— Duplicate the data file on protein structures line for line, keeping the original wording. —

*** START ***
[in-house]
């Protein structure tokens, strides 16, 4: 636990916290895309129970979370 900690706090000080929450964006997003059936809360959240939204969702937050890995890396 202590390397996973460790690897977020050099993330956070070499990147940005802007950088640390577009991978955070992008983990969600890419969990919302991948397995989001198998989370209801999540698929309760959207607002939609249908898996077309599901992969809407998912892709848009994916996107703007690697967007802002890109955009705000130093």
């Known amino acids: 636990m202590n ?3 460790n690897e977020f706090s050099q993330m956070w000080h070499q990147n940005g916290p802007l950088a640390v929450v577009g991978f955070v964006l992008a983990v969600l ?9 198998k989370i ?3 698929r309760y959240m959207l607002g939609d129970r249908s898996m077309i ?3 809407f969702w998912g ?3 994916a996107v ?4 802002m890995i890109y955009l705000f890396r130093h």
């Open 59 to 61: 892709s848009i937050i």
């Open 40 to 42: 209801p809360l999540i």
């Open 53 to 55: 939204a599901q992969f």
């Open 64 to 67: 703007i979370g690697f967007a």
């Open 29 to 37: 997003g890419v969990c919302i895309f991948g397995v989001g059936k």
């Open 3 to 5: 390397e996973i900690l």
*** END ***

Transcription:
[in-house]
């Protein structure tokens, strides 16, 4: 636990916290895309129970979370 900690706090000080929450964006997003059936809360959240939204969702937050890995890396 202590390397996973460790690897977020050099993330956070070499990147940005802007950088640390577009991978955070992008983990969600890419969990919302991948397995989001198998989370209801999540698929309760959207607002939609249908898996077309599901992969809407998912892709848009994916996107703007690697967007802002890109955009705000130093």
């Known amino acids: 636990m202590n ?3 460790n690897e977020f706090s050099q993330m956070w000080h070499q990147n940005g916290p802007l950088a640390v929450v577009g991978f955070v964006l992008a983990v969600l ?9 198998k989370i ?3 698929r309760y959240m959207l607002g939609d129970r249908s898996m077309i ?3 809407f969702w998912g ?3 994916a996107v ?4 802002m890995i890109y955009l705000f890396r130093h």
């Open 59 to 61: 892709s848009i937050i």
């Open 40 to 42: 209801p809360l999540i």
């Open 53 to 55: 939204a599901q992969f």
């Open 64 to 67: 703007i979370g690697f967007a």
């Open 29 to 37: 997003g890419v969990c919302i895309f991948g397995v989001g059936k």
């Open 3 to 5: 390397e996973i900690l």